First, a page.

Offering a unique combination of a 35mm full-frame sensor and fixed 28mm lens, the Leica Q's natural rivals are the now ageing Sony RX1 and RX1R, but they don't offer such a wide or fast lens, a built-in viewfinder, or a touchscreen interface.


  • A superb full-frame compact camera for those who like traditional controls and modern features like an electronic viewfinder. The Q is capable of producing beautiful quality images.


  • The OM-D E-M10 II embodies what the Olympus OM-D series is all about; it's a high quality camera that feels great, offers an extensive feature set with bags of control and produces superb quality images yet doesn't take up much space in your bag.


  • The OM-D E-M10 Mark II is a great camera that's packed with the very best Olympus design and technology. Like its stablemates, it has a sleek retro look, a 16-Megapixel CMOS sensor and a speedy autofocus, but new technology like Focus Bracketing and five-axis stabilisation take it even further. It's straight-forward, effective and attractive. We just wish Olympus would update its over-complex menus!.


  • The Olympus OM-D E-M10 II is an evolutionary upgrade of 2014's E-M10 camera, principally adding an even better electronic viewfinder, 5-axis image stabilisation system, very useful fully electronic shutter, and AF targeting pad and focus stacking features, along with a better control layout.


  • The Olympus OM-D E-M5 Mark II has a unique high-resolution capture mode, but it's not the best camera for shooting fast-moving subjects.


  • It may look similar to the 3-year-old EM-5, but with a plethora of "under-the-hood" improvements, the new Olympus OM-D E-M5 Mark II far surpasses that camera, and in some ways the flagship OM-D E-M1 too.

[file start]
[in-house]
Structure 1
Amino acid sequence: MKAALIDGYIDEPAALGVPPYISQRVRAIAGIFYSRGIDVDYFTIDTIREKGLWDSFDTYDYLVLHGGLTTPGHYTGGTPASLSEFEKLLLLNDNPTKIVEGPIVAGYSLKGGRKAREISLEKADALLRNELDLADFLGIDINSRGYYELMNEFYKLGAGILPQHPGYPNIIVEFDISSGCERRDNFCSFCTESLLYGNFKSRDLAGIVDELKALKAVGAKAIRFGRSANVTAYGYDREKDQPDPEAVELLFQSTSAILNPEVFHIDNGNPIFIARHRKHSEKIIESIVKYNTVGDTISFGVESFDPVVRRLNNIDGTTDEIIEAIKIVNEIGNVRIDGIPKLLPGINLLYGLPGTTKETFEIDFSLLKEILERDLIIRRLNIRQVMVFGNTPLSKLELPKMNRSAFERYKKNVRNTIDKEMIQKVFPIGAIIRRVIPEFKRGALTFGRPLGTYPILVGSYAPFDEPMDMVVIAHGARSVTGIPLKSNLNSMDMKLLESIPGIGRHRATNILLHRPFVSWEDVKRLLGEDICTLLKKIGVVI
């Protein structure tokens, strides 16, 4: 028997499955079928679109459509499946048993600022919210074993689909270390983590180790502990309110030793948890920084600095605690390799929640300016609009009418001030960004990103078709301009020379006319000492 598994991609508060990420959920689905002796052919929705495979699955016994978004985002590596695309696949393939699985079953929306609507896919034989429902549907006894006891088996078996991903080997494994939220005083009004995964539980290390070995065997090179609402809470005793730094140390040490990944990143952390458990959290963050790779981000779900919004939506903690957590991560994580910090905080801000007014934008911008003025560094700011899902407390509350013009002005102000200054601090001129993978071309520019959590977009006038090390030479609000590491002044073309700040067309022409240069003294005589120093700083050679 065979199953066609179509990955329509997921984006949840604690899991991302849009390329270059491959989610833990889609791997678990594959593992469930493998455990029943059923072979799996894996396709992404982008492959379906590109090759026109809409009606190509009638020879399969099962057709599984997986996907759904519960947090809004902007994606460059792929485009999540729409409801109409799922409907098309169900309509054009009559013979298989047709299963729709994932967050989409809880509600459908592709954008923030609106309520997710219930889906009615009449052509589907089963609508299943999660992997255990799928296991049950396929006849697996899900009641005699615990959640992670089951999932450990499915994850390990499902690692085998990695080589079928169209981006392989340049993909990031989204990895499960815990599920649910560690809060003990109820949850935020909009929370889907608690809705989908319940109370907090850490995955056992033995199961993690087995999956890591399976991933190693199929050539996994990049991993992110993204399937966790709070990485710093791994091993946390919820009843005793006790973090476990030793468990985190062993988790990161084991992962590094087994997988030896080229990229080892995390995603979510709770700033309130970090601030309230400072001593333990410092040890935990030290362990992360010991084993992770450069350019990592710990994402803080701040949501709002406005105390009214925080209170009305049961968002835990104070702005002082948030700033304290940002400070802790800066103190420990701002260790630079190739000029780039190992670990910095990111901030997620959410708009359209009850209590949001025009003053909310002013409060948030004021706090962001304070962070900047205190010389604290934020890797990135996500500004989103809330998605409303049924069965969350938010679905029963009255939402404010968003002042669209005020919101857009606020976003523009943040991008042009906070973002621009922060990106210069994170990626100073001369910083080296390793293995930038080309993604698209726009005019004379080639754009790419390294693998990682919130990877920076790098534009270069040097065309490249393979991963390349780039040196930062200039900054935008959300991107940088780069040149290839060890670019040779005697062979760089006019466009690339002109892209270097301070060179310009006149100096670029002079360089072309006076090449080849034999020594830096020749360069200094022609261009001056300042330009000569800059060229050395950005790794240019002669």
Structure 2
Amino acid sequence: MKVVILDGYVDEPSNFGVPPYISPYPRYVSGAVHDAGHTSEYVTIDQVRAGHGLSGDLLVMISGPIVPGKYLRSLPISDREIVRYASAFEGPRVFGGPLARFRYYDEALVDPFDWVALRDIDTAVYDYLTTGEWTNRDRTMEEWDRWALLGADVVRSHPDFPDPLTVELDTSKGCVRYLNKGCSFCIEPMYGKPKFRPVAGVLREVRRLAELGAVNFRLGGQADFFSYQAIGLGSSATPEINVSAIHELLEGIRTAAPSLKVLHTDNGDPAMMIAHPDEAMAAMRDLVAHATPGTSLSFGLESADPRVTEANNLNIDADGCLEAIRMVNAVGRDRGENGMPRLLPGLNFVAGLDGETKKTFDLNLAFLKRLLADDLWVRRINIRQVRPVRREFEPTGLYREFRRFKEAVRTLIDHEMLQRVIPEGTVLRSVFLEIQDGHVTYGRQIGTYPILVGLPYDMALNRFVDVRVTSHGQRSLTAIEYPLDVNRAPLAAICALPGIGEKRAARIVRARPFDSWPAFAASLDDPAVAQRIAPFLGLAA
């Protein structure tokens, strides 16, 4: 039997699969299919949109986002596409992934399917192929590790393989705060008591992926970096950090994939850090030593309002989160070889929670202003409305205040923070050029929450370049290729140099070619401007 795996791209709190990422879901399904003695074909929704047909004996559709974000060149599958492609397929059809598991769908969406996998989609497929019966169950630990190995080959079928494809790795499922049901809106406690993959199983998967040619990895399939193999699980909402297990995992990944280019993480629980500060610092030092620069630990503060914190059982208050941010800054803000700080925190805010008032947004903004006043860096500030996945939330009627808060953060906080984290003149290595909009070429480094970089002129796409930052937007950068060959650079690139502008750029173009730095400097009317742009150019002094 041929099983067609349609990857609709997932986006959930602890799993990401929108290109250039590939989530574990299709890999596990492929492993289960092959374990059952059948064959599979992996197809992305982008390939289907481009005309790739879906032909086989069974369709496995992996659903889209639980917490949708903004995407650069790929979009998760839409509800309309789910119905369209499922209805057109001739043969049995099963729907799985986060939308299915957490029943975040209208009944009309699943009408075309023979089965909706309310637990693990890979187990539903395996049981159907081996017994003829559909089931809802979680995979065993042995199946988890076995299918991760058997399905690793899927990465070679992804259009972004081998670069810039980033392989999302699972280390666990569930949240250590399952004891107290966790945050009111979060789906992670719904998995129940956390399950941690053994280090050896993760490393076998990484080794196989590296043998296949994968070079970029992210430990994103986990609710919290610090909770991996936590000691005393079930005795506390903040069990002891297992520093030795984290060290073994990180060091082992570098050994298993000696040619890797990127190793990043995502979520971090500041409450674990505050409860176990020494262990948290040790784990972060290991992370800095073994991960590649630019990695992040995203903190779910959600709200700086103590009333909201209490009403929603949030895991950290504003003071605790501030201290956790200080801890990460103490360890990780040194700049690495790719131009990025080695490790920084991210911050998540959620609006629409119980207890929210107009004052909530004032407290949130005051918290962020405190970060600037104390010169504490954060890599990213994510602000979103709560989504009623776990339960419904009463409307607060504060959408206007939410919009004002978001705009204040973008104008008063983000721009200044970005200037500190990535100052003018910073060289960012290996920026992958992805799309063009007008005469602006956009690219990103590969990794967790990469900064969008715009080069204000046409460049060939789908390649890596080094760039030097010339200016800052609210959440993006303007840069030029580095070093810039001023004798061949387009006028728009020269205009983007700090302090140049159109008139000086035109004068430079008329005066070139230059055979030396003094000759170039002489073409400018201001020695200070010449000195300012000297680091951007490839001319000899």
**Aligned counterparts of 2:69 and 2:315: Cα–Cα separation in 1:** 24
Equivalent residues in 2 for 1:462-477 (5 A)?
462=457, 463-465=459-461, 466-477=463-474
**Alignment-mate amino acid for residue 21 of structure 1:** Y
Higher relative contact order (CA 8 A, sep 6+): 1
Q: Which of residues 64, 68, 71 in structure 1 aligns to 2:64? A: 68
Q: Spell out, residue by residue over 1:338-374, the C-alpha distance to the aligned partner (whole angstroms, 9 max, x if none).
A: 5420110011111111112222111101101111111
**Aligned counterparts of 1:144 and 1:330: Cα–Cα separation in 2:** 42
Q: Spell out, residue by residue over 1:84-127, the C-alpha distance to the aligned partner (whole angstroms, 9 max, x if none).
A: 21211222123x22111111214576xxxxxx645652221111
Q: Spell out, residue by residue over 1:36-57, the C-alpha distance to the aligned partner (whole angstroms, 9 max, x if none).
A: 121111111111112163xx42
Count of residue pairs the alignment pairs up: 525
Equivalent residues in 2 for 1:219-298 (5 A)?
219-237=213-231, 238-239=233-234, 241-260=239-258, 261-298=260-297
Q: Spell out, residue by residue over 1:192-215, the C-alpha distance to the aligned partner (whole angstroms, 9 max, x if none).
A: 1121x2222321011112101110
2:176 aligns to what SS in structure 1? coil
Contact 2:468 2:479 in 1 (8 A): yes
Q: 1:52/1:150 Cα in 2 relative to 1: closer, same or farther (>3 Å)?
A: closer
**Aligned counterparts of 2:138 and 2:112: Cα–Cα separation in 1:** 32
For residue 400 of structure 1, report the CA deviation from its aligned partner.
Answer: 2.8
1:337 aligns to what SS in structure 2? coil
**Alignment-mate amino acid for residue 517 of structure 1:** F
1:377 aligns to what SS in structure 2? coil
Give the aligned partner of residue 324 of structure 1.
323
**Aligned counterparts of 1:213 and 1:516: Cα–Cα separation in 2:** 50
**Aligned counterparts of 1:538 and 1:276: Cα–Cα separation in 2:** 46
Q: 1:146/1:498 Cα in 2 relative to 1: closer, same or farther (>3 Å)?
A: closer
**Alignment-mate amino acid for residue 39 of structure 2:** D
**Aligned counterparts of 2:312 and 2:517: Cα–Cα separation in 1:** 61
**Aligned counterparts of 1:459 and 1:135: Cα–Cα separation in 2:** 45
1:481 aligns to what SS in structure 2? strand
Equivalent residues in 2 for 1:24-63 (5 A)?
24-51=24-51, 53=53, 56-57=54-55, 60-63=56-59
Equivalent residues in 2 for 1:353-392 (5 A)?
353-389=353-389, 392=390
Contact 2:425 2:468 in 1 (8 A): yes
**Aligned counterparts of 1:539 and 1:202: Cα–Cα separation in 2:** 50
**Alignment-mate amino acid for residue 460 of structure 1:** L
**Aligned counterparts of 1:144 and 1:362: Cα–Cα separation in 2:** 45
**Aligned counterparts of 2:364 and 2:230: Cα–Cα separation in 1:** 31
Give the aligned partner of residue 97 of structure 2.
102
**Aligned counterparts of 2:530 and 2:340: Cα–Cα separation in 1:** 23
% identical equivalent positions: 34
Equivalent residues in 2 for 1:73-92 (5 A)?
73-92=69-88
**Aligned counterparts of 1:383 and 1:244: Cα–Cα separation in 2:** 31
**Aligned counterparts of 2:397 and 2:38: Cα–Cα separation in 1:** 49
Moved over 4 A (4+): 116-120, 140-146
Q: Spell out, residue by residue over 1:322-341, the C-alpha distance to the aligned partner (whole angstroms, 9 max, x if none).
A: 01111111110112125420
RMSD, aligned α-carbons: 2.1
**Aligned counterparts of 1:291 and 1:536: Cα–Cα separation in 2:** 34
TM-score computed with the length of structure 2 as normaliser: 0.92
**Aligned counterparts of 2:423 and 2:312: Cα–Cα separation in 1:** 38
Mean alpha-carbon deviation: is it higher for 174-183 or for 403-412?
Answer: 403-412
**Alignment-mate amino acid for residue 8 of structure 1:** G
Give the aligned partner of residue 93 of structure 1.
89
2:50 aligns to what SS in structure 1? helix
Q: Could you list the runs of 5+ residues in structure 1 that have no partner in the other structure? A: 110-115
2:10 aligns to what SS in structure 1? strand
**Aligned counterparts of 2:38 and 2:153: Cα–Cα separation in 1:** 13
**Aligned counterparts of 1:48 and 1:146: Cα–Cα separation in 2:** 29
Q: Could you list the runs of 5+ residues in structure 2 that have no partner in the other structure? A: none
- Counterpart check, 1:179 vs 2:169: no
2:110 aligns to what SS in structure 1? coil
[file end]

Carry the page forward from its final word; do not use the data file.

Although not quite as easy to use as the slightly larger Olympus OM-D E-M1, the E-M5 Mark II's revised control layout is well thought-out and the level of customisability is extremely high. The camera is robust – more so than the E-M5 –, and highly responsive. The EVF is among the best we have ever used, with great resolution, good colour rendition, fast refresh rates, a large apparent size and adaptive brightness control.

  • Rating Unavailable

    The Olympus OM-D E-M5 Mark II is a high-quality, compact ILC made to be easy enough for anyone to use. High-quality still images combined with the easy-to-use video features mean this is the only camera you will need. .


  • The new rangefinder-styled Panasonic Lumix DMC-GX8 compact system camera gets a lot of things absolutely right, offering intuitive handling, lots of customisation options, solid weather-proofed build quality, and an excellent OLED viewfinder and rear screen, but some of the headline-grabbing features don't live up their full potential, while both the camera and its price have become somewhat inflated.

  • Rating Unavailable

    The Panasonic Lumix GX8 is a fantastic ILC, providing great image quality and performance. Offering 4K resolution video with full manual control allows the GX8 to be just as equipped for videographers, as it is for photographers.


  • - It’s a Micro Four Thirds camera that doesn't offer the small-size benefits that are often associated with this style of sensor.
    - AF performance is great too.
    - Image quality is great too.
    - The Panasonic Lumix GX8 produces the best RAW image quality we’ve seen from a Micro Four Thirds camera.
    - Burst performance is superb, and offers several options.